Tim Compston, Guest Writer for Security News Desk and SecurityMiddleEast.com, discovers that linear tape-based solutions are very much in the frame when it comes to meeting the soaring storage requirements of video surveillance and other security data.
In this era of the cloud, centralised servers, and RAID, advocates of Linear Tape-Open (LTO) technology are confident of expanding its footprint - as a practical answer to the back-up and long-term storage of video surveillance and other security information - in today's increasingly data hungry world. The high-tech companies behind LTO believe that success in other sectors like IT, media and entertainment, is a sign of things to come for video surveillance.
Although a relatively new concept for CCTV users, the LTO development roadmap is, in fact, still going strong more than a decade-and-a-half on from the initiative's birth. Its proponents report, given the technology’s favourable cost of ownership, that more and more large-scale enterprises are likely to factor tape into their storage plans alongside disk or the cloud, outside of fast back-up and retrieval, and to support technology diversification/redundancy and, in the case of cybersecurity issues, system isolation.
Talking to Laura Loredo, Product Marketing Manager at HPE (Hewlett Packard Enterprise), on the side-lines of a recent security event, for an inside track on the LTO programme, she confirms that the three key vendors driving this technology forward are specifically: IBM, Quantum, and HPE: "We get together and write the specifications. These are open standards for anyone who wants to make LTO products."
Loredo is certainly an enthusiastic advocate of the LTO and reveals that, crucially, it is now on its seventh generation (LTO-7) so the approach is one which is already well proven: "The technology has been out in the market since 2000. This has been mainly in IT environments but with generation five [LTO-5] we introduced partitioning in a format which allows you to get into the file system."
The key benefit that LTO’s support for partitioning unlocks, explains Loredo, is that it allows operating systems to recognise the tape drive like a storage device, such as a hard drive or USB stick: "We wrote the file system which allows you to just drag and drop data the same way that you would do with a hard drive. That has already helped us get into other industries like the media and entertainment and now into the video surveillance.”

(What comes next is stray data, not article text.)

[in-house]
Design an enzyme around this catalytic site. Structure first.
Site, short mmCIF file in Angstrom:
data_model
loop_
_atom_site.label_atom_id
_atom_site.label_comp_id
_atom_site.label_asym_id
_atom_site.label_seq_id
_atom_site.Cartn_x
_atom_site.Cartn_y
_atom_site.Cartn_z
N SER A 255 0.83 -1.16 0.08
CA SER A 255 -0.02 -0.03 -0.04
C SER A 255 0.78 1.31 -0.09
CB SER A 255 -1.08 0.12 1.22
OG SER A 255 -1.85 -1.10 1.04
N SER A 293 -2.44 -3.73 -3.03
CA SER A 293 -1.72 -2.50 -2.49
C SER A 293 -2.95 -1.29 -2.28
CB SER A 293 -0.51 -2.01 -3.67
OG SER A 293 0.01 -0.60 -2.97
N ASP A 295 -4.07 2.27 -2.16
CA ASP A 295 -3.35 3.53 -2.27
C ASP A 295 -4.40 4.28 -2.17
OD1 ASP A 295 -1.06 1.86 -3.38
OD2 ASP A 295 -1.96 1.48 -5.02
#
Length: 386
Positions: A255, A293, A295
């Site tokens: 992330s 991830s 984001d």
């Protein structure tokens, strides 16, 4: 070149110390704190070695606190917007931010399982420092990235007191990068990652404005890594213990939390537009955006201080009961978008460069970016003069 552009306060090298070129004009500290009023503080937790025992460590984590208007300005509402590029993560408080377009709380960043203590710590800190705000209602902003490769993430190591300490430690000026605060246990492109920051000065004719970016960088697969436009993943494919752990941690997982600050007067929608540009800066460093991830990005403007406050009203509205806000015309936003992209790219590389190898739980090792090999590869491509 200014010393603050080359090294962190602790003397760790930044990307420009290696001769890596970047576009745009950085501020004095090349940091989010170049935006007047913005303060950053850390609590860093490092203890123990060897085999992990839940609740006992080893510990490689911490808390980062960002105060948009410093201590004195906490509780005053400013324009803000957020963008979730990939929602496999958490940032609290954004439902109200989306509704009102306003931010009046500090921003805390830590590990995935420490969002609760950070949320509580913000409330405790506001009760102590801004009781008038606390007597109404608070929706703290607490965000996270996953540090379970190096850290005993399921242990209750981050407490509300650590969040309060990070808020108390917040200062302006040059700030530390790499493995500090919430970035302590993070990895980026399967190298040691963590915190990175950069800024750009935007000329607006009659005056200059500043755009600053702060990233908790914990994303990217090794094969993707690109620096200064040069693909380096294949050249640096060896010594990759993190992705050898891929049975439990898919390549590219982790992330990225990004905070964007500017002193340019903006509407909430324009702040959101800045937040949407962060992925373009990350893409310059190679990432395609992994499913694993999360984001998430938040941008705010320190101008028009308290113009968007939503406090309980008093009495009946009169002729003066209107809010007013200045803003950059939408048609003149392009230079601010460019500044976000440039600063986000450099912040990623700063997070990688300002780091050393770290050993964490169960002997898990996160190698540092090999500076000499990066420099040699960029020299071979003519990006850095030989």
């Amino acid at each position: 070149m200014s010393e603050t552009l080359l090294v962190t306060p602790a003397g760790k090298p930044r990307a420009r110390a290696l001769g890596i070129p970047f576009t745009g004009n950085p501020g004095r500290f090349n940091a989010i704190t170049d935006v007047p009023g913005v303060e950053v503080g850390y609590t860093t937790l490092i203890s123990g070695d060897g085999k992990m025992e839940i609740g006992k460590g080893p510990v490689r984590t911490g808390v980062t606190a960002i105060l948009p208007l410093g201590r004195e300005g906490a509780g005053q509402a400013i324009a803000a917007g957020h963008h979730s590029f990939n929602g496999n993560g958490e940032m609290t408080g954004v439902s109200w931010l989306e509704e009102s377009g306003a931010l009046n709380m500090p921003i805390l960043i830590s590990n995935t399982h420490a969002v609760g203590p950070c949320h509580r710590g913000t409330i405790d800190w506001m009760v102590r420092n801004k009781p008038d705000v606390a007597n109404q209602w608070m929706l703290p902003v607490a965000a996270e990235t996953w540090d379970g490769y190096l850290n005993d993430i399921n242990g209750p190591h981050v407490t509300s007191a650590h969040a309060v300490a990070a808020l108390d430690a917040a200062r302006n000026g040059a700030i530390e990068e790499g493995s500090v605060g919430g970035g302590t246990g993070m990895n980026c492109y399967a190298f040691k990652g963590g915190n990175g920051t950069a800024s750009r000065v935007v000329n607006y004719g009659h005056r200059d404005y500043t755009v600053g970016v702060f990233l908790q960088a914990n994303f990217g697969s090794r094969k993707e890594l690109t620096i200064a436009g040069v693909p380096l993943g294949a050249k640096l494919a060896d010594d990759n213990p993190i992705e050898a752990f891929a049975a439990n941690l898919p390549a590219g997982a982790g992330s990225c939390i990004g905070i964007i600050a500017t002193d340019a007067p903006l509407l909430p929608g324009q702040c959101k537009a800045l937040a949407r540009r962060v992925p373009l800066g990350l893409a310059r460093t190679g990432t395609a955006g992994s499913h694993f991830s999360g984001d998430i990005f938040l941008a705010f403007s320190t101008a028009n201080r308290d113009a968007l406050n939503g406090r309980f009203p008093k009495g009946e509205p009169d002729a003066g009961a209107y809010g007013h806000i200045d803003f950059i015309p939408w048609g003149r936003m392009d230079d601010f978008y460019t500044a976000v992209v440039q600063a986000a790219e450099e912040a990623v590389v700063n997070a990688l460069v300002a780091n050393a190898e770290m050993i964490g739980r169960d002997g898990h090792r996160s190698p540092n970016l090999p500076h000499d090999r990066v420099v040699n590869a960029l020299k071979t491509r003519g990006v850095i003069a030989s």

Cost of Ownership
For Loredo a critical edge that LTO has over other storage architectures is the reportedly lower cost of storing such ‘big data’: “When you hold a lot of data - big videos - that's data that needs to be kept for long periods of time so you want to move it out of the primary storage and get it into secondary storage which is cheaper, less expensive, storage That is where tape helps and where LTO comes in.”
Turning to Mark O'Malley, Senior Manager - EMEA Marketing at Quantum, for his perspective on the direction of travel for LTO, he feels that the video surveillance industry is beginning to wake up to the true potential of starting on disk and moving to tape, something that is already a reality in the IT sector: "The VMS suppliers - the Milestones of this world – are now working on systems that automatically migrate data from disk to tape. Your video surveillance data might land on disk to start with, and stay there for a few days or a few weeks, but at a certain point you will be able to migrate it automatically to tape. That takes away a lot of the manual, human element. You don't want someone to have to come in and say 'oh I need to move this data' it should happen seamlessly."
In the view of IBM’s Business Line Executive for Data Retention Infrastructures, Shawn Brume, video surveillance is witnessing the same influx of digital data that media and entertainment saw, seven years ago, which opens up opportunities for LTO: “It's huge data. Video surveillance - not counting body cameras which are growing at an unbelievably accelerated rate - produced just under 600 petabytes of data per day last year. If you are keeping half a percent you are storing 600 petabytes of data in perpetuity.”
He goes on to stress that the provenance of this data is, not surprisingly, very important for the security industry which also sits well with what LTO can offer: “I want to be able to say that I got it from camera A, and camera A went on device B, and when I archived it off it went on tape C. As tape is moveable and secure - 256-bit encryption - you are not just talking about being able to keep it for a long time – the thirty-year shelf life of tape – you are talking about secure data.”
Alongside this, Brume claims that going down the LTO route is five times more reliable than many disk drives: “Why would you take the data that you are going to keep and keep it on something that is ten times more expensive and harder to retain for a long shelf-life?”
Questioned about the accessibility of the data held with LTO, Brume does admit that things are a little bit different from disk storage, for example: “This is archive data so you are not just going to be able to say well I need a timeline and I need to be able to go back and forth immediately. You can say I have the section of data that I want to review from X date and then bring those archives back up - with VMS providers like Genetec and Milestone having an archive capability - the data then becomes timeline accessible.”
Looking at things in the round, Brume concludes by saying that, although there may be a little bit of a thought process behind things with LTO, as all data is not immediately available, the strong upside is the reassurance that, ultimately, video surveillance footage is safe and retained for future use.
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